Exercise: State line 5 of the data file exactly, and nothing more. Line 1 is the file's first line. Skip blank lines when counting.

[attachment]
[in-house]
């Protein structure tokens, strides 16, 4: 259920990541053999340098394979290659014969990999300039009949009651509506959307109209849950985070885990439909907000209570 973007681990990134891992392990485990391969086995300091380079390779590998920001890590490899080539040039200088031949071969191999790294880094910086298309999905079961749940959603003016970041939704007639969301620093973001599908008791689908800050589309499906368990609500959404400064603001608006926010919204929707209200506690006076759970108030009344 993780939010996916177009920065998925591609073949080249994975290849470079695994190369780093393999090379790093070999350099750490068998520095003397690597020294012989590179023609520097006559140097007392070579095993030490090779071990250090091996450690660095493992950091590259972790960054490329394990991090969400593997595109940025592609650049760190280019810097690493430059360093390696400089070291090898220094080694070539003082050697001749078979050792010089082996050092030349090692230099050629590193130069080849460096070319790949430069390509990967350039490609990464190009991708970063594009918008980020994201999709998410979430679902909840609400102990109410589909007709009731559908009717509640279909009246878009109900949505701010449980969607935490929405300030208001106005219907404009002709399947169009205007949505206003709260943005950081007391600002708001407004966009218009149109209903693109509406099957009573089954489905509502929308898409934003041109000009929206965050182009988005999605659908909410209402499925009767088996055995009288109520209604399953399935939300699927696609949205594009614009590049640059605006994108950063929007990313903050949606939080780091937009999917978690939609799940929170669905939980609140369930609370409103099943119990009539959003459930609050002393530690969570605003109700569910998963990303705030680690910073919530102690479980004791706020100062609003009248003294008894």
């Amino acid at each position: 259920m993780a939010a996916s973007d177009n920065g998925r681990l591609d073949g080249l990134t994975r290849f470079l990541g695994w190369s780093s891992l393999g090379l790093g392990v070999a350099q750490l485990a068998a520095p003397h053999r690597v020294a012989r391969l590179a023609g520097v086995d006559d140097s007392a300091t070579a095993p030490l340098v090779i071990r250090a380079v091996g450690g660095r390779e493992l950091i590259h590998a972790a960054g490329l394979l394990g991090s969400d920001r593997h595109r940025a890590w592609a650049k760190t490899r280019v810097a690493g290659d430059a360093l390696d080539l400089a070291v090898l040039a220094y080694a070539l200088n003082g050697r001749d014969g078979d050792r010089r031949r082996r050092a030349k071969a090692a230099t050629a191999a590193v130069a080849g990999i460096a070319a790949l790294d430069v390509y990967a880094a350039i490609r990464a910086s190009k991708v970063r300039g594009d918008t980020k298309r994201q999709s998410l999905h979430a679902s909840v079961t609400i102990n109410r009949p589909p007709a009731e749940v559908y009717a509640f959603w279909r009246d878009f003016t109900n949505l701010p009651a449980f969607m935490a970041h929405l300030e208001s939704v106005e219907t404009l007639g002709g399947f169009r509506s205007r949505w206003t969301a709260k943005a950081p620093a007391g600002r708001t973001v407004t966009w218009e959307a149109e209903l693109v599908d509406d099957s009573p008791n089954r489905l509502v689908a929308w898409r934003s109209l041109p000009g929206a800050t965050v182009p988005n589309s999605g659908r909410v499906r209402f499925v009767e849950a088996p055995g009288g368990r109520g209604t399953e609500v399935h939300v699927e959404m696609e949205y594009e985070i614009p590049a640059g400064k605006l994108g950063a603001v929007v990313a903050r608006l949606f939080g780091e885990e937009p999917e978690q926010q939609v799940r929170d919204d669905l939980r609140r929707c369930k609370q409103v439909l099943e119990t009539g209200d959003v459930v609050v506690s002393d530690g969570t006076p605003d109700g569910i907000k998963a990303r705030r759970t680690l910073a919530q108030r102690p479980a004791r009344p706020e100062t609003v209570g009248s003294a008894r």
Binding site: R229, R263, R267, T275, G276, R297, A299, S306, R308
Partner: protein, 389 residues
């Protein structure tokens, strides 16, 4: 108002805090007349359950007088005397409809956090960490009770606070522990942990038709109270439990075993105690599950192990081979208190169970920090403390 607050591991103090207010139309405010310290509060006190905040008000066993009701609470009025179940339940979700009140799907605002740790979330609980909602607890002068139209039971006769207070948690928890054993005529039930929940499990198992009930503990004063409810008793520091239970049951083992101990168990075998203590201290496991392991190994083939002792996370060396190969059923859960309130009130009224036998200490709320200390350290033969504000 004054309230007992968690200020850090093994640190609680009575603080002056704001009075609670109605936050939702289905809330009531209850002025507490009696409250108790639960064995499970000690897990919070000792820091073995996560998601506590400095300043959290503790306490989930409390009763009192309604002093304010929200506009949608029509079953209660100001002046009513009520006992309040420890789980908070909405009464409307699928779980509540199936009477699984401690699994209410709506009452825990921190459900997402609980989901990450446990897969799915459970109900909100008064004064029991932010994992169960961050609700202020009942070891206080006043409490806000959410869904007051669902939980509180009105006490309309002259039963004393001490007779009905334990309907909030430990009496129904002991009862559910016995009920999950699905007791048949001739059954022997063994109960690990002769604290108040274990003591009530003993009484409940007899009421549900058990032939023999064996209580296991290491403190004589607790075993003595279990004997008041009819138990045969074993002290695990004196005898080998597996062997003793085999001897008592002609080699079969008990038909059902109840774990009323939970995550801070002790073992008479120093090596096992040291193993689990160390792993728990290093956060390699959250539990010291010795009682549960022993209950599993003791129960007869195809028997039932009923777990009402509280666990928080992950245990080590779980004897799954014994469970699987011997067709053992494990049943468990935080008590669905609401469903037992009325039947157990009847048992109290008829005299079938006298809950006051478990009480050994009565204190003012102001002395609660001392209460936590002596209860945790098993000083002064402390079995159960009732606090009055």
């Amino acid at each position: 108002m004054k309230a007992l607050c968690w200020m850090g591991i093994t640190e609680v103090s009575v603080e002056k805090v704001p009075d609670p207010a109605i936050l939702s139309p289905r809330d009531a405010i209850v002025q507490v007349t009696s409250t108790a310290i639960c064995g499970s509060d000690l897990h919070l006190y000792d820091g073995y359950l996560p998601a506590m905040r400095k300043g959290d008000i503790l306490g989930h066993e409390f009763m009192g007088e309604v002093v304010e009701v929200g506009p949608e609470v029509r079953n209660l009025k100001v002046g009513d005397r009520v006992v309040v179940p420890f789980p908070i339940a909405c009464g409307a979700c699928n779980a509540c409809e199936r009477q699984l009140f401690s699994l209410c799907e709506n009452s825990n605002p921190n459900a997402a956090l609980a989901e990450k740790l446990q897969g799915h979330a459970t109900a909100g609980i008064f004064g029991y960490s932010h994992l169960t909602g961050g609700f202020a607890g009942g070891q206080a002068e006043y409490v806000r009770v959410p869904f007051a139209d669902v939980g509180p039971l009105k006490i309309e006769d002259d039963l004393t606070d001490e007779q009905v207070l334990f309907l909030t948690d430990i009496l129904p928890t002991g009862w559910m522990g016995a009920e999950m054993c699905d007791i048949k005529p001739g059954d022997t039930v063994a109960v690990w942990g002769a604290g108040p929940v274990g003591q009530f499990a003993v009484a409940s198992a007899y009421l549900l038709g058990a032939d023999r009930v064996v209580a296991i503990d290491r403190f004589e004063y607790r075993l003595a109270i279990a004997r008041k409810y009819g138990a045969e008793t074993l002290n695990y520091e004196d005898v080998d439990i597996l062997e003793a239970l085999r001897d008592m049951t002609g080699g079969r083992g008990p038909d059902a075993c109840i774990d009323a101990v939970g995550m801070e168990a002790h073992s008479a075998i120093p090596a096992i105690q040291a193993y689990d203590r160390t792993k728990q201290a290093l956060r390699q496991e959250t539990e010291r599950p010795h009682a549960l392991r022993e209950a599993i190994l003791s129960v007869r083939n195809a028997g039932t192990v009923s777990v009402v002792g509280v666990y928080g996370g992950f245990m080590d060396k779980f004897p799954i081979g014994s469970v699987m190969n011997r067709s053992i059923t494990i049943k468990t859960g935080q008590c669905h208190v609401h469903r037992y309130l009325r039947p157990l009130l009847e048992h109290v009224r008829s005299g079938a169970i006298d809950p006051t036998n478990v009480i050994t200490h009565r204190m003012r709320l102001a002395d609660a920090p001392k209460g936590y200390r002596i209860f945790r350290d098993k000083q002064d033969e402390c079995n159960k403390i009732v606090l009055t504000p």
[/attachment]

Partner: protein, 389 residues